Led Zeppelin’s Revived Corpse Is Surprisingly Lively

Jimmy Page/Robert Plant

At the Pacific Coliseum on Friday, May 26, 1995

By ALEXANDER VARTY of The Georgia Straight

I'm still shocked. I trudged out to the Pacific Coliseum dutifully enough, intent on covering this reunion of two pensionable superstars with as such objectivity as I could muster but not expecting anything more than a tame trip down memory lane. At the end of the show, though, I walked off dizzy and grinning, any residual cynicism utterly wiped away by one of the most powerful, innovative, and musical shows ever to grace the stage of our now-redundant hockey arena.

Jimmy Page and Robert Plant did the impossible. Not only did they resurrect the rotting corpse of Led Zeppelin, they pumped it so full of fresh blood that it capered acrobatically across the stage in a series of brilliant re-inventions of songs I’d thought were long ago consigned to history. Even this show's failings were essential: there were a couple of moments when things threatened to collapse into a vortex of miscues and sloppy timing, but that just served to prove that it was a real, flesh-and-blood band up there in the glare of the lights, not, like Pink Floyd, some computer-controlled simulacrum or, like the Eagles, a bunch of money-grubbing, separate-limo, not-on-speaking-terms hacks. The smiles on Page and Plant's faces were as real as the grin on mine.

In fact, they were having the best time of anyone in the room, with the possible exception of the young musicians who joined them onstage. Drummer Mike Lee and bassist Charlie Jones combined to produce a sledge-hammer attack not unlike that made famous by Zeppelin's John Paul Jones/John Bonham rhythm team, but they tempered their muscle with a more sinuous approach on the acoustic songs. (Jones was especially impressive on upright bass, not so much for his fingering as for his huge tone.) Former Cure guitarist Porl Thompson threw himself into his parts with physical gusto, and the decision to hand him some of Page's more intricate leads was a wise one; he executed them with verve, leaving the older guitarist to concentrate on a less precise but more atmospheric attack. Thompson also provided a hint of just how into this music the whole ensemble was: even when he stepped offstage during a Plant/Page duet, he could he observed playing furious ham-bone percussion behind one of the speaker stacks.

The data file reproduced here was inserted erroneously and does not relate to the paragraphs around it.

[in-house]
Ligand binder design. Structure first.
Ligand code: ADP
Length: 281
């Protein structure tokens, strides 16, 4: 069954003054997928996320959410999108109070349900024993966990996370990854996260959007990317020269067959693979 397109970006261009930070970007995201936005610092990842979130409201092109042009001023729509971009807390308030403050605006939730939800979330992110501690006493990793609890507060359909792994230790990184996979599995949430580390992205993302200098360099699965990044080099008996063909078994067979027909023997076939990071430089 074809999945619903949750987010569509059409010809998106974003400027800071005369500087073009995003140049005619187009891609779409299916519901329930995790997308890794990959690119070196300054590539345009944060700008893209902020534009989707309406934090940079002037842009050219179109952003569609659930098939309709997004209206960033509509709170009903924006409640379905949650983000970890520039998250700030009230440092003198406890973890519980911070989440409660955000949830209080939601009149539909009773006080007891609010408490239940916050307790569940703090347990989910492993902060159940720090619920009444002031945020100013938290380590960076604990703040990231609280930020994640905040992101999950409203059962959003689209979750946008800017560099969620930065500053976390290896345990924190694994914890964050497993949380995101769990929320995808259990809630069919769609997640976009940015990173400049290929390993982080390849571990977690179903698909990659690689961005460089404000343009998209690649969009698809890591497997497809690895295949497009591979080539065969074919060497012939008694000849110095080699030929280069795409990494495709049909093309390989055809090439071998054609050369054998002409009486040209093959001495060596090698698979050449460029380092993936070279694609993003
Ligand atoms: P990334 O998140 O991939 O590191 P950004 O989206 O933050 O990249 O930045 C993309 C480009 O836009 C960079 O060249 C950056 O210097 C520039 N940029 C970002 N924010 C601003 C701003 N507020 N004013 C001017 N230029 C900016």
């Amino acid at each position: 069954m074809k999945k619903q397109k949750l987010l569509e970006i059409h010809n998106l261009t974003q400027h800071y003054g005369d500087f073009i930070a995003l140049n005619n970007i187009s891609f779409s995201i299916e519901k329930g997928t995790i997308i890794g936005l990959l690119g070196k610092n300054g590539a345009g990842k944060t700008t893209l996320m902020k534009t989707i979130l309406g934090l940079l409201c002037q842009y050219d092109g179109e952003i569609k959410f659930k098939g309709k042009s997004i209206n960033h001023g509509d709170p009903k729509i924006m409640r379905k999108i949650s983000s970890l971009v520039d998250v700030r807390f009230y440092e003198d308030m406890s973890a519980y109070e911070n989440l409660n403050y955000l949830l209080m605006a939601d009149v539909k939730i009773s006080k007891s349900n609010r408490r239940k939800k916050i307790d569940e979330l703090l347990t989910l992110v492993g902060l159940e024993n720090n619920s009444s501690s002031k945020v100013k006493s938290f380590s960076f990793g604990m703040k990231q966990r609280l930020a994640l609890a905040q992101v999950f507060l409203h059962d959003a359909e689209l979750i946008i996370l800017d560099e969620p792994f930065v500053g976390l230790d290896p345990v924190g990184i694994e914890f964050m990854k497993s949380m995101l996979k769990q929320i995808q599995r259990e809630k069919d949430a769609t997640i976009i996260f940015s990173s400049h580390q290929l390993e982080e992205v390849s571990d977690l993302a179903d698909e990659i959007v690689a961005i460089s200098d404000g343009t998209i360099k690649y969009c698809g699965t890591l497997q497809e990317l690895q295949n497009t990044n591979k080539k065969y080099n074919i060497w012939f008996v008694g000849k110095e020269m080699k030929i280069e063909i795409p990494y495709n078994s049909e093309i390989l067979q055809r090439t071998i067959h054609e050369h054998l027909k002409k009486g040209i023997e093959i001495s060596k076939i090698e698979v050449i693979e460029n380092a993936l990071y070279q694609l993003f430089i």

The basic band was joined at various points by Ed Shearmur on Hammond organ and synthesizer and Nigel Eaton on hurdy-gurdy and mandolin, as well as by a small string orchestra (largely drawn from the ranks of the VSO) and an eight-piece Middle Eastern band introduced as the Egyptian Pharaohs. None of these additions in any way compromised the evening's effectiveness as a rock concert. The amplified roar of Eaton's hurdy-gurdy was every hit us psychedelic as Page's brief theremin-and-Echoplex assisted visit to outer space; Shearmur's arrangements and passionate performances from the string players kept the orchestral padding from becoming overly saccharine (and Babayaga violist Marie-Claude Brunet's hair-flipping antics gave Plant a run for his shampoo money); the Egyptians (and in particular violinist Wael Abu Bakr, whose solo turn was the most musically entrancing moment of a long and intense concert) underlined the folk and world-music elements of a band whose importance in developing an audience for such esoterica has been somewhat underestimated.

No Led Zeppelin fan could have been disappointed by the set list, which included all of the expected hits (save for "Rock 'n' Roll") plus a few bonuses: a slow blues, a Cure song, and a couple of the most gripping tunes from Plant's solo career-which, it's interesting to note, Page played with as much focus us anything from his own pen. The show closed with the predictably rousing "Kashmir", but that was about the only thing predictable about this remarkable concert, and even it was made new again thanks to a couple of particularly thrilling Egyptian interpolations.

I'm even looking forward to the live album that will inevitably emerge from this tour; if Friday's performance is any indication, it should thoroughly eclipse the reunion effort, No Quarter, that set this whole process in motion.